An editorial in today’s New York Times comments on a recent study by the federal Department of Education showing that fourth graders in charter schools scored worse on reading and math test than students in public schools.
It follows another recent federal study concluding that students from equivalent socio-economic backgrounds did no better in private schools than similar students in public.
However, one or two studies really aren’t enough to make a conclusive judgment about a topic as complex as education. And popularity often has little or no connection to quality.
So, why the push by many politicians to privatize public education, despite minimal accountability required of the alternatives and little evidence of student improvement?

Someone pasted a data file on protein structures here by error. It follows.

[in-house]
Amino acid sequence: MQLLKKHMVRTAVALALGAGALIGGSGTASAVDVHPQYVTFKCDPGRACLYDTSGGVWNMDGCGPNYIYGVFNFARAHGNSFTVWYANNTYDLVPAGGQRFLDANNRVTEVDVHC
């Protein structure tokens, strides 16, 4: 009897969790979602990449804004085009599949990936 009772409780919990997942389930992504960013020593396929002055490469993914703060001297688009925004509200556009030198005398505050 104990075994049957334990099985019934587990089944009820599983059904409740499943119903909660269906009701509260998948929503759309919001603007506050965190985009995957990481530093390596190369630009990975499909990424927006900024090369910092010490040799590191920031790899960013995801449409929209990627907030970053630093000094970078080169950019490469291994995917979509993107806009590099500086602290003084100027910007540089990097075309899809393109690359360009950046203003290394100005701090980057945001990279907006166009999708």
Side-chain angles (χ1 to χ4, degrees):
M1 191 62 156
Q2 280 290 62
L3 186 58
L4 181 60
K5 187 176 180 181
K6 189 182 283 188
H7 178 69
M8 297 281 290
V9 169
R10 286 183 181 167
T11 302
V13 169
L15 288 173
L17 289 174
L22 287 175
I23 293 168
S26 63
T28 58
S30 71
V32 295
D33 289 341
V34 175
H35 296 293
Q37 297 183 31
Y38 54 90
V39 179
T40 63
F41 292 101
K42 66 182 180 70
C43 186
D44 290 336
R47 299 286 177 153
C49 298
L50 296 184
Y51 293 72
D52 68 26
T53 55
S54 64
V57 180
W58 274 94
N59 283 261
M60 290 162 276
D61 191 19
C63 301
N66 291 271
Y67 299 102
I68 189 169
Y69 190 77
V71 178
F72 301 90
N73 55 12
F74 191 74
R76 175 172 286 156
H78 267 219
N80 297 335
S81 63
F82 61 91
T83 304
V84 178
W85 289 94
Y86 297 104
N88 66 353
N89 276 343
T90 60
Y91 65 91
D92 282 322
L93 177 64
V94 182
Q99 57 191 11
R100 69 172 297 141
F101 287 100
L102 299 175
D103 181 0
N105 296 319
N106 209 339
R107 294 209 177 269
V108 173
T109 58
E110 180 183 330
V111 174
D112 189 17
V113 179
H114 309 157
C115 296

Too many lawmakers seem to believe that the only thing wrong with American education is the public school system, and that converting lagging schools to charter schools would cause them to magically improve.
School choice as a magic wand. We hear that a lot from voucher supporters as well.
But in the end, there is one major reform that would go a long way to improving American education, something that has nothing to do with public money funding of charter or private schools.
Four years later [after the passage of NCLB], the national teacher corps is still in a shambles. Until Congress changes that, everything else will amount to little more than tinkering at the margins.